Newspaper of The New York Herald, October 4, 1855, Page 2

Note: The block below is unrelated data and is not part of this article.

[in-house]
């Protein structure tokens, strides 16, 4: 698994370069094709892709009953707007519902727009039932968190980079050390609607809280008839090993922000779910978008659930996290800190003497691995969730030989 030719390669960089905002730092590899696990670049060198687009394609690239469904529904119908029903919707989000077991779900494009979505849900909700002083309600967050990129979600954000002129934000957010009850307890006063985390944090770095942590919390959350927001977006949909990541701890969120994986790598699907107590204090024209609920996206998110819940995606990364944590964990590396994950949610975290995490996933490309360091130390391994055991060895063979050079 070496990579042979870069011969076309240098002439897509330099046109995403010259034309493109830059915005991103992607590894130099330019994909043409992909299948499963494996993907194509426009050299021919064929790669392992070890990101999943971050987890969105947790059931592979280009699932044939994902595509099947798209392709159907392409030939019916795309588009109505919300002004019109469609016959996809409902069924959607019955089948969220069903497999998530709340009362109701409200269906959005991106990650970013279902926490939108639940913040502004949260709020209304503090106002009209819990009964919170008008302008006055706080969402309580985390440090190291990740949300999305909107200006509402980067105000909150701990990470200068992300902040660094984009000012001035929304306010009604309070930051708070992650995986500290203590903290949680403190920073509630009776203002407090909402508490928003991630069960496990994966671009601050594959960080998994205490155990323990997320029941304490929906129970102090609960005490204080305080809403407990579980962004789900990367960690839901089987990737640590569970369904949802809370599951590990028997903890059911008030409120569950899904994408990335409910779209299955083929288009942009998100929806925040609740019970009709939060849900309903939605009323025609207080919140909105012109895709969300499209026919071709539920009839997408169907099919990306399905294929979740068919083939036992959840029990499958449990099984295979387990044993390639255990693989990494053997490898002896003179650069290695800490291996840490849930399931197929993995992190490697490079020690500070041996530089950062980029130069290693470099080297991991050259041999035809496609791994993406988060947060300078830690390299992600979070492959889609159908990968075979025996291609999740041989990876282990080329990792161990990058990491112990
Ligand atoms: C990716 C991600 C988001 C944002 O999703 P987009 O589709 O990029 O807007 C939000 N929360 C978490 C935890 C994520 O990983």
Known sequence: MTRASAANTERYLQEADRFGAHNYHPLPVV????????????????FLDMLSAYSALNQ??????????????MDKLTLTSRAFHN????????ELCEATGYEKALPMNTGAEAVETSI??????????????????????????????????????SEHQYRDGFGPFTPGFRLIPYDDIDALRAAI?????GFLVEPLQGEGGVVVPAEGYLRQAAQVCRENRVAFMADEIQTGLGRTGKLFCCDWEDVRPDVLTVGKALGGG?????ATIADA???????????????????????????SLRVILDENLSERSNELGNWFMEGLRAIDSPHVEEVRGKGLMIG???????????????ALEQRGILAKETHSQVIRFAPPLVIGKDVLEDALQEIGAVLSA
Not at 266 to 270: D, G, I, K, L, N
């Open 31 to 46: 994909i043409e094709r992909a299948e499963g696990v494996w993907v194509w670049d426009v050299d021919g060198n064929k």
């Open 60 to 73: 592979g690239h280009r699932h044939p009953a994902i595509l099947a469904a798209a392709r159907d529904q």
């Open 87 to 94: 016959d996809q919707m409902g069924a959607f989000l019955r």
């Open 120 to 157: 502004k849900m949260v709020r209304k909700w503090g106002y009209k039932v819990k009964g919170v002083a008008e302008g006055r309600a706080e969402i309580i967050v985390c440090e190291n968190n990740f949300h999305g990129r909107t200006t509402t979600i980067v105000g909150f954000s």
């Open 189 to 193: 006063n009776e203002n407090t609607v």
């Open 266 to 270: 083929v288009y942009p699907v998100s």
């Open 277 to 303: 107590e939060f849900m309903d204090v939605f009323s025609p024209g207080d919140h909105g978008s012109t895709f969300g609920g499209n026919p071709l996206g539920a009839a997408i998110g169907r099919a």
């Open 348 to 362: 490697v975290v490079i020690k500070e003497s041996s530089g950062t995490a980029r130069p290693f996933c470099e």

Newspaper of The New York Herald dated October 4, 1855 Page 2